US, Turkey agree to form joint operation center for Syria safe zone
Iran Press TV
Wed Aug 7, 2019 05:52PM
Turkey and the United States have reached an agreement on the establishment of a joint operation center in the northern part of Syria, in the wake of Ankara's threats to launch an operation against the US-sponsored Kurdish militants to push them away from the Turkish border.
"Talks between Turkish and the US military delegations regarding establishment of a safe zone in the north of Syria were concluded," the Turkish Defense Ministry said in a statement on Wednesday.
"The delegations agreed on the rapid implementation of initial measures to address Turkey's security concerns, to set up as soon as possible a joint operations center in Turkey to coordinate and manage the establishment of the safe zone together and that the safe zone shall become a peace corridor, and that any additional measures shall be taken for our displaced Syrian brothers to return to their country," the statement added.
Earlier, Turkish Defense Minister Hulusi Akar had said that talks with the United States aimed at averting a Turkish military intervention into northern Syria had been "positive."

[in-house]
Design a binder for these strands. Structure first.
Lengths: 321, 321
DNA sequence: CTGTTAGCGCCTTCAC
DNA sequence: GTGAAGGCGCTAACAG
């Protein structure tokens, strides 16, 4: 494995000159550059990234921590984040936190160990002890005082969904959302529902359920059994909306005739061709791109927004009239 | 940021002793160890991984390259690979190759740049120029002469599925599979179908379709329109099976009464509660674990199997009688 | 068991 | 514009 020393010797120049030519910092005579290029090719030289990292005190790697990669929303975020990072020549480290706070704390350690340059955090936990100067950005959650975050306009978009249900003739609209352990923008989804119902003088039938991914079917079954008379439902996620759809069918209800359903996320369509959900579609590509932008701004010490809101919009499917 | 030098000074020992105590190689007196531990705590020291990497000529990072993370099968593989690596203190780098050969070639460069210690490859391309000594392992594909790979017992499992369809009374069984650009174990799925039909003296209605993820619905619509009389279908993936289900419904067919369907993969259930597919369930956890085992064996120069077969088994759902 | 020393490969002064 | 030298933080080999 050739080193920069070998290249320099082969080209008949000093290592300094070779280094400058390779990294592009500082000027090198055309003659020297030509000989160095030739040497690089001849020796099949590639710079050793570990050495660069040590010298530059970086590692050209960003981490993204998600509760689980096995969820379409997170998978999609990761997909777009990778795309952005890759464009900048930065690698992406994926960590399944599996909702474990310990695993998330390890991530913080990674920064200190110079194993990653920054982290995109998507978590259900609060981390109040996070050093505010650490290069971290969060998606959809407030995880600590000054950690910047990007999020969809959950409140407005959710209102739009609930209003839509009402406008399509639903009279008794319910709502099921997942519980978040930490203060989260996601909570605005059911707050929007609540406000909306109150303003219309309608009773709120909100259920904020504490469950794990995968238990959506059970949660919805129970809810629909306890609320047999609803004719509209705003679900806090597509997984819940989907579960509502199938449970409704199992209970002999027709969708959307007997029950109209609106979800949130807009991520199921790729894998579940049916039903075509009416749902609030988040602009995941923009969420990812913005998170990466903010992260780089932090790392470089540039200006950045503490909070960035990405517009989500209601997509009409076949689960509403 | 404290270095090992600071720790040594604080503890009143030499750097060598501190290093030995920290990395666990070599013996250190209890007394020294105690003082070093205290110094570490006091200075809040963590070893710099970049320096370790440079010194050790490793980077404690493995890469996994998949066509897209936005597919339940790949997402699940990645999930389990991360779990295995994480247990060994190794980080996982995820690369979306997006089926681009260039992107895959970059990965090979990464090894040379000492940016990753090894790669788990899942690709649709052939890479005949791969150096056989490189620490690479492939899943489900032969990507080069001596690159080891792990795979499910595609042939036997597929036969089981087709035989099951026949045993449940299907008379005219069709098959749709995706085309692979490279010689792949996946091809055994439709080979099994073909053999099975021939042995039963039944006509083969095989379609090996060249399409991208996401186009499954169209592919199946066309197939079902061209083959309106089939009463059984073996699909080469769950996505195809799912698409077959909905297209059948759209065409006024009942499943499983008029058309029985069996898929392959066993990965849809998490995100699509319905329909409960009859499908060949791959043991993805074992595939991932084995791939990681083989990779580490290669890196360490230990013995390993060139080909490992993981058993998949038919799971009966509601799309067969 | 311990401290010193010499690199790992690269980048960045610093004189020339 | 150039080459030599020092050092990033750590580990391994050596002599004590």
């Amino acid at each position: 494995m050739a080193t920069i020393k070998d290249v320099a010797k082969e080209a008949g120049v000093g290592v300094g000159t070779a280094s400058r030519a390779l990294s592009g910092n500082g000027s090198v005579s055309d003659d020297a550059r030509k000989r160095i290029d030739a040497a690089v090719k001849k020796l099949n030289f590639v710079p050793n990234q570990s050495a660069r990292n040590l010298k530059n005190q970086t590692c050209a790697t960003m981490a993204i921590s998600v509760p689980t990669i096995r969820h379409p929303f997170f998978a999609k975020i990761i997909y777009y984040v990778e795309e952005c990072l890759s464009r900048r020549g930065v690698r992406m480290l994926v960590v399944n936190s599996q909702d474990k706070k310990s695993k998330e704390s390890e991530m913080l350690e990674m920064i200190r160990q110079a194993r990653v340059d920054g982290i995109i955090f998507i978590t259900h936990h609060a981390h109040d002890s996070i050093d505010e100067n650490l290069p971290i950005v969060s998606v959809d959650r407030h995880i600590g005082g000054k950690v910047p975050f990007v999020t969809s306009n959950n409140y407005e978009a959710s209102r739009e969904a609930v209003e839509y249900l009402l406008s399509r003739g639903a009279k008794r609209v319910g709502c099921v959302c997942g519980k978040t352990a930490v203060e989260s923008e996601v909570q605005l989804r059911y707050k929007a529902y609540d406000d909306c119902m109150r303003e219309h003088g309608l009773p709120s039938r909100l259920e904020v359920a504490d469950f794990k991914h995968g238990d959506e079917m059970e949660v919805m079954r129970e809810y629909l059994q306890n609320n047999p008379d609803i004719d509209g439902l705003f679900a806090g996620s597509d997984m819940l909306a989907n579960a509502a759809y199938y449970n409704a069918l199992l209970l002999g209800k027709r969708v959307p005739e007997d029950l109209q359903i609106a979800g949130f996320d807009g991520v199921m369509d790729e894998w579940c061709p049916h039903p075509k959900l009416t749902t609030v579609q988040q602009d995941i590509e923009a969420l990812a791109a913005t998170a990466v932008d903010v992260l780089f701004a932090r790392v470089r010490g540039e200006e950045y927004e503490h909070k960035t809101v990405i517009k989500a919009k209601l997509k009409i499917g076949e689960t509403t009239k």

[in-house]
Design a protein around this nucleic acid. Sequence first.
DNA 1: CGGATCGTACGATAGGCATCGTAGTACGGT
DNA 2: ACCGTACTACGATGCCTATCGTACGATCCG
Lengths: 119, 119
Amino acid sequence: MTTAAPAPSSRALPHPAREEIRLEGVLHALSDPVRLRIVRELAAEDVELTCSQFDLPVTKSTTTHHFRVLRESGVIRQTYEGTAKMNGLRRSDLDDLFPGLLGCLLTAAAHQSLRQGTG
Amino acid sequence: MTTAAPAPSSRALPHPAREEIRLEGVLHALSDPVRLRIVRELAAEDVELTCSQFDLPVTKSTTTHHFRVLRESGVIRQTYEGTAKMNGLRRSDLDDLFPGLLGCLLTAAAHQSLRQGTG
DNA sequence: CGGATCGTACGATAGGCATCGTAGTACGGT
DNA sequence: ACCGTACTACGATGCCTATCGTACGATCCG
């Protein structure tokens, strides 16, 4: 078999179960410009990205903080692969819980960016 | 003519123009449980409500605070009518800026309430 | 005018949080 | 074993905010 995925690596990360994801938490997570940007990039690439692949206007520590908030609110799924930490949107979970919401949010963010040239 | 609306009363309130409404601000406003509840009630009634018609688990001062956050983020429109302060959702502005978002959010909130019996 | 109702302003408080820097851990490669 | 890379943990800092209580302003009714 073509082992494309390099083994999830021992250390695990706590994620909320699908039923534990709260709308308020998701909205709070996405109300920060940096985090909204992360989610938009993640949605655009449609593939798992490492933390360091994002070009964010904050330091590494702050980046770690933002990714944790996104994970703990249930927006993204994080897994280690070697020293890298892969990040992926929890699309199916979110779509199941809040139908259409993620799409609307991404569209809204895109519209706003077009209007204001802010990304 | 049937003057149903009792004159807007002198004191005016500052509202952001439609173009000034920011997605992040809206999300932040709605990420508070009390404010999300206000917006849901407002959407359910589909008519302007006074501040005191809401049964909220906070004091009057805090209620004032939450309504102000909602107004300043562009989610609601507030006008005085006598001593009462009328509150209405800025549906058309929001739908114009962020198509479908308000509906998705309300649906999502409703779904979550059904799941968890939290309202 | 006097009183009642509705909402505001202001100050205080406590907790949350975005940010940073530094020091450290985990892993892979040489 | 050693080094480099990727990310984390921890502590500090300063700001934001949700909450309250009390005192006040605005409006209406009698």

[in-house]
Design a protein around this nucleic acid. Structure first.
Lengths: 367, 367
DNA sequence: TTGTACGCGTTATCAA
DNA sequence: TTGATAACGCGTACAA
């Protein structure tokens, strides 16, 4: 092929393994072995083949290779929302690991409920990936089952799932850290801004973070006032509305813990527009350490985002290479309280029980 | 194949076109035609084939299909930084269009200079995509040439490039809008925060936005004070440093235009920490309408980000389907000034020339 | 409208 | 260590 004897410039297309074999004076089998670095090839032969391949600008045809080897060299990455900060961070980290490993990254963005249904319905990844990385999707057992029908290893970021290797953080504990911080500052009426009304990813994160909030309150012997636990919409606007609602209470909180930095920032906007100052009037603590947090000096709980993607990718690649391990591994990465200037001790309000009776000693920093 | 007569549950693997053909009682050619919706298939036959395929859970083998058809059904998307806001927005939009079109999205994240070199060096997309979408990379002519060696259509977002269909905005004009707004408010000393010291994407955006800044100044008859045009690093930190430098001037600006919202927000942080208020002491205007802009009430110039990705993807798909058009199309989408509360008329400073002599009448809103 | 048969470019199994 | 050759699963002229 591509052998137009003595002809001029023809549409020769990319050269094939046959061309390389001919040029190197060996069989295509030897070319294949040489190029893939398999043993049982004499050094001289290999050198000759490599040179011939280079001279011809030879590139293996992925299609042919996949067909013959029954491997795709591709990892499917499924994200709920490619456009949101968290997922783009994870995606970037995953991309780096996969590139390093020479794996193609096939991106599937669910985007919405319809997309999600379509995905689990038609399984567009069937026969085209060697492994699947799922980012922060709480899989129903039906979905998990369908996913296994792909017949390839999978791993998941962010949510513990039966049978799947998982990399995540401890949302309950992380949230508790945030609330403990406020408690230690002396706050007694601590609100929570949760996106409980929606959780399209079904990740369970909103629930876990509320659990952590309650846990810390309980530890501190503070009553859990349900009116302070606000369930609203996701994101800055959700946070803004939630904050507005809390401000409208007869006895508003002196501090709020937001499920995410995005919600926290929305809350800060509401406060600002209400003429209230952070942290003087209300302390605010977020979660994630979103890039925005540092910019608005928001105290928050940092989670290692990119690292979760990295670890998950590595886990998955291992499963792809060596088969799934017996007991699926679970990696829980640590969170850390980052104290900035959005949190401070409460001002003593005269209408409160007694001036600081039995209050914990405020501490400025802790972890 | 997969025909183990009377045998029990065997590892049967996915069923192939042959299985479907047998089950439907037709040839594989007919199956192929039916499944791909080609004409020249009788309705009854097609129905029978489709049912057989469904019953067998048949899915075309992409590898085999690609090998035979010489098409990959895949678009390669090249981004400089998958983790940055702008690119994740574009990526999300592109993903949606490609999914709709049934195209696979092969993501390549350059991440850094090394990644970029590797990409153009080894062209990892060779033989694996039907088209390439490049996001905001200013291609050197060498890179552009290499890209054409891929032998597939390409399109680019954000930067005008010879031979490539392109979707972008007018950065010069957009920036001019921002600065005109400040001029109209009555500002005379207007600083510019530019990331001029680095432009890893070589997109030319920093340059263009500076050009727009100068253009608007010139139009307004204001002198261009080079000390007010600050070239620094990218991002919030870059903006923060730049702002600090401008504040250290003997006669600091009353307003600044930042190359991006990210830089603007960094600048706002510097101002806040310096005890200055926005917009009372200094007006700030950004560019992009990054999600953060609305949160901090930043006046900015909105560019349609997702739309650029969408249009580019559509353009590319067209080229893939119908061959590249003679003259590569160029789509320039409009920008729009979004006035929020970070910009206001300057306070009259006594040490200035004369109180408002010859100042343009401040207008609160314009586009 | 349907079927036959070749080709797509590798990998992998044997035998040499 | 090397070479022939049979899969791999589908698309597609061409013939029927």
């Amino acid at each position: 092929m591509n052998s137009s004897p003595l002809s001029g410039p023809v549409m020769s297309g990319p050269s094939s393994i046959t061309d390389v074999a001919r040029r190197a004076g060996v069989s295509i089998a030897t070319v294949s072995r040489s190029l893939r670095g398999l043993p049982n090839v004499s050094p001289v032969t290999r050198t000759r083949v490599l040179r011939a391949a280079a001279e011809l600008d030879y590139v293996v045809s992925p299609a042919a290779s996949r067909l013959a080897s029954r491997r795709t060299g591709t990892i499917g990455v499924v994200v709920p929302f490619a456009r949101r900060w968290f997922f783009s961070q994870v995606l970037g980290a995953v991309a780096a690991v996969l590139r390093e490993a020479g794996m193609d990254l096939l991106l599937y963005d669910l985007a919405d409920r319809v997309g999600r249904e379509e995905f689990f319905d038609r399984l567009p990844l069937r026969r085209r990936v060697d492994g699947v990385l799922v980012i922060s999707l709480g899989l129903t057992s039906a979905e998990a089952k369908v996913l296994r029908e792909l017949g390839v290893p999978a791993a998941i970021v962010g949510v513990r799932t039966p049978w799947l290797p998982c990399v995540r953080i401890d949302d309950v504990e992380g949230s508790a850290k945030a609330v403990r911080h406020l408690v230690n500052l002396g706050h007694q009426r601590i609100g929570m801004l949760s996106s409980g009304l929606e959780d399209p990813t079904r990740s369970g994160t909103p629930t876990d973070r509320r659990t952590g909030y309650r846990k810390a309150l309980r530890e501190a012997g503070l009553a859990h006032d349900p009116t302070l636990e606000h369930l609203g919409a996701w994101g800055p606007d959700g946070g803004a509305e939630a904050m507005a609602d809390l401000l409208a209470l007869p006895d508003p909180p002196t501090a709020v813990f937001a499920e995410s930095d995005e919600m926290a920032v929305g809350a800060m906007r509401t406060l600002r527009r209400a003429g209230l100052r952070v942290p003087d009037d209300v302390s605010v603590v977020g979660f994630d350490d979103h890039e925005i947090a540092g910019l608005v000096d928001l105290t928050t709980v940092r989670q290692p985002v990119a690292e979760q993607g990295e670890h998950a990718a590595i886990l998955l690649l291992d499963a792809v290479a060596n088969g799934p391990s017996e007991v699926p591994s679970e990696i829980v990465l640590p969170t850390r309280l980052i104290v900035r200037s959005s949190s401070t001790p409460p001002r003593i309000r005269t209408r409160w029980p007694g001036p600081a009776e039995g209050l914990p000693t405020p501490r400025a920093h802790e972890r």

"We witnessed with satisfaction that our partners grew closer to our position. The meetings were positive and quite constructive," Akar said on Tuesday.
On the same day, President Recep Tayyip Erdogan reiterated Turkey's determination to eliminate the presence of the YPG, which forms the backbone of the so-called Syrian Democratic Forces (SDF), from areas bordering Turkey in northern Syria.
Turkey views the YPG as the Syria branch of the homegrown Kurdistan Workers' Party (PKK) militant group.
The PKK has been seeking an autonomous Kurdish region in Turkey since 1984.
"We will move the process which we started with the Euphrates Shield and Olive Branch operations to a different phase very soon," Erdogan said at the 11th annual Ambassadors' Conference in the capital Ankara.
He was referring to the two military offensives Ankara launched in 2016 and 2017 against the Kurdish militants.
"Turkey has the right to eliminate all threats against its national security," the Turkish president noted.
Erdogan said his country would have to pay a heavy price if it fails to take what it describes as necessary measures in northern Syria, adding, "Drying up the terrorist swamp in northern Syria is our top priority."
Turkey expects the creation of a 32-kilometer (20-mile) safe zone in northern Syria, and has stressed that it wants the YPG cleared from the region.
The United States has been arming and training Kurdish militants under the banner of helping them fight the Daesh Takfiri terrorist group, but Syria and several other countries see ulterior motives behind the deployment.
Turkey, a key US ally in the region, has repeatedly questioned Washington's deployment of heavy weapons in Syria despite the defeat of Daesh in much of the Arab country.
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